A friend recently pointed me to another personality assessment tool.  He found it through a mutual friend, Jerome Daley, who wrote about the insights he gained through the Enneagram.  I checked out the on-line resource he suggested and took the free inventory test.  I don’t intend here to give a full explanation of this system, but I do hope to spark your interest and encourage you to learn more about yourself.

To me, the symbol for the Enneagram looks rather creepy, and the name sounds like an incantation.  As I studied the system, I learned that the name comes from ennea for “nine,” and refers to the nine-pointed star.  The paradigm suggests that there are nine basic personality types, and people tend to identify with one or two of these types.  Each type has a characteristic virtue, and a trademark sin.  The sins exposed with the Enneagram include all of the Seven Deadly Sins (anger, pride, envy, avarice, gluttony, lust, sloth), and two others (deceit, fear).  A person lives into her virtue by growing in integrity.  One falls into his sin by using destructive coping mechanisms. 

As Daley says, the beauty of this framework is that no personality type looks like the paragon of perfection.  And no type looks like the ultimate loser, destined to be chosen last by the team captains of life.  Further, the Enneagram clearly shows that  my wife and I have very different personality types.  I already knew that, but neither Myers nor Briggs could make the distinction. 

I devoured Richard Rohr’s book, The Enneagram:  A Christian Perspective. He and coauthor Andreas Ebert show the ancient roots of the system, and the Christian influence in its development.  The Enneagram helps Christians discern spirits, as 1 John 4:1 encourages.  From ancient times, counselors from other religions have also found that the Enneagram sheds light on the human condition.

The Enneagram shows how certain personality traits tend to cluster together in individuals.  For example, people of Type One are perfectionists and tend toward anger.  When they are integrated, they live in serenity.  My type, Type Five, withdraw from the world and tend toward stinginess.  When integrated, we bring thoughtful objectivity to the world and openly share insights.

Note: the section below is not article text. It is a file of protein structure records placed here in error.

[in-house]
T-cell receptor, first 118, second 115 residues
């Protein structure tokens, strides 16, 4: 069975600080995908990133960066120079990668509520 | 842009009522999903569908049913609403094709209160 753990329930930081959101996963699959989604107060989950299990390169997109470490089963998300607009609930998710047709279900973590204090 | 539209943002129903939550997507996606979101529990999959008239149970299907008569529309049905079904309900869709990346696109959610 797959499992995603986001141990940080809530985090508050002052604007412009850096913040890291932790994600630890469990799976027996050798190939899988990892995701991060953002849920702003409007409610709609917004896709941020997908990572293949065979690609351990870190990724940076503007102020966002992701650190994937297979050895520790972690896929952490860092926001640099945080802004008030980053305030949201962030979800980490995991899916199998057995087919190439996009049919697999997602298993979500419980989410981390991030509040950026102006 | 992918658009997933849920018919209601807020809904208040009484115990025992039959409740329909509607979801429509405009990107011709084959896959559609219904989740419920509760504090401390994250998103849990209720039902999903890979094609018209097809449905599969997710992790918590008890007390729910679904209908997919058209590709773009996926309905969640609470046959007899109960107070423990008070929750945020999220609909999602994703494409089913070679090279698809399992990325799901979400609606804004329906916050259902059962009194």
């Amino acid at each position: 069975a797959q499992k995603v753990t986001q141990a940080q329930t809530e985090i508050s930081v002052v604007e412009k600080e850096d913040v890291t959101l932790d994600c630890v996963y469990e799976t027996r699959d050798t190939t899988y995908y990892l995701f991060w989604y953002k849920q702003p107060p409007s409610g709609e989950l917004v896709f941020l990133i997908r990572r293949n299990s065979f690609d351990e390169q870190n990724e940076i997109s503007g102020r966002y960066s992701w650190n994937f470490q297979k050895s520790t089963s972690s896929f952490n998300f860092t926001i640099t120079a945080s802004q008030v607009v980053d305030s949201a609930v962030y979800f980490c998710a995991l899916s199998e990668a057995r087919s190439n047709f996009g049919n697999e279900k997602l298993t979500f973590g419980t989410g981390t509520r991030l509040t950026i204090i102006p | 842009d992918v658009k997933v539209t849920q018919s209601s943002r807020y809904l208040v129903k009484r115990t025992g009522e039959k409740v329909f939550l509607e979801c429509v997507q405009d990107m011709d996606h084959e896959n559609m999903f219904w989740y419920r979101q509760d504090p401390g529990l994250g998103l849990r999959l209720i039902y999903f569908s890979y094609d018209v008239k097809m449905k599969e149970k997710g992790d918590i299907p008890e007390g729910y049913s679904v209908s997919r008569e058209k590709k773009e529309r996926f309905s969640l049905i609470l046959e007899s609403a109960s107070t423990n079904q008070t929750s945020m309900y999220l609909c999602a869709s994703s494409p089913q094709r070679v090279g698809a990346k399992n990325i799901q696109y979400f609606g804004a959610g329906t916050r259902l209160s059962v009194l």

This model encourages the disciple to become the person God created him or her to be.  The Enneagram recognizes our flaws, and forces us to come to grips with them.  Then it shows us a path to wholeness and integration.  As we do so, we become more like Christ.  Only Jesus lived in perfect wholeness.  In him we see all nine personality types at their best.

Most importantly, the Enneagram gives us insights into ourselves.  We can see our fatal flaws, our habitual destructive patterns.  We can change our thinking and experience freedom in our souls.  Only then can we responsibly understand others.

I can maximize my “Fiveness” and enjoy the life of integration.  I can recognize my tendency to dwell in the theoretical realm, and push myself to action.  I can see my tendency to be stingy, and push myself to be generous.  Through the power of Jesus, I can be myself, and be a better version of myself.

Saturday, April 6, 2013

Just My Type of Motivation

At our Real Ryder bike exercise class this morning, our group had a new instructor.  She put us through the paces, and I worked harder than ever.  About the only thing I remember is her saying, “Add more tension!” and  “Keep going.”  She had us visualize a bike race in which we tried to catch up to the leader.  We rode up generic hills and mountains.

Although I was not inspired particularly with the workout, I did push myself harder than ever.  Then I wondered what a workout would be like if the instructor tailored the talk to motivate me.  Catching the lead biker is not that important to me.  I would rather imagine beating my earlier time.

What if there was a whole class of people who shared my exact motivational bent?  What if the instructor really knew what makes me work hard?  That would be a cool, fun workout.

Then it dawned on me that God tailors his motivation exactly to suit me.  He does know what makes me dig deep down and give it all I’ve got.  He delights in meeting me right where I am.  He has put me in a place where I can thrive.

So, here’s the big “aha!”  When I don’t feel motivated, I must be listening to the wrong voice.  When God speaks to me, he’s speaking exactly my language.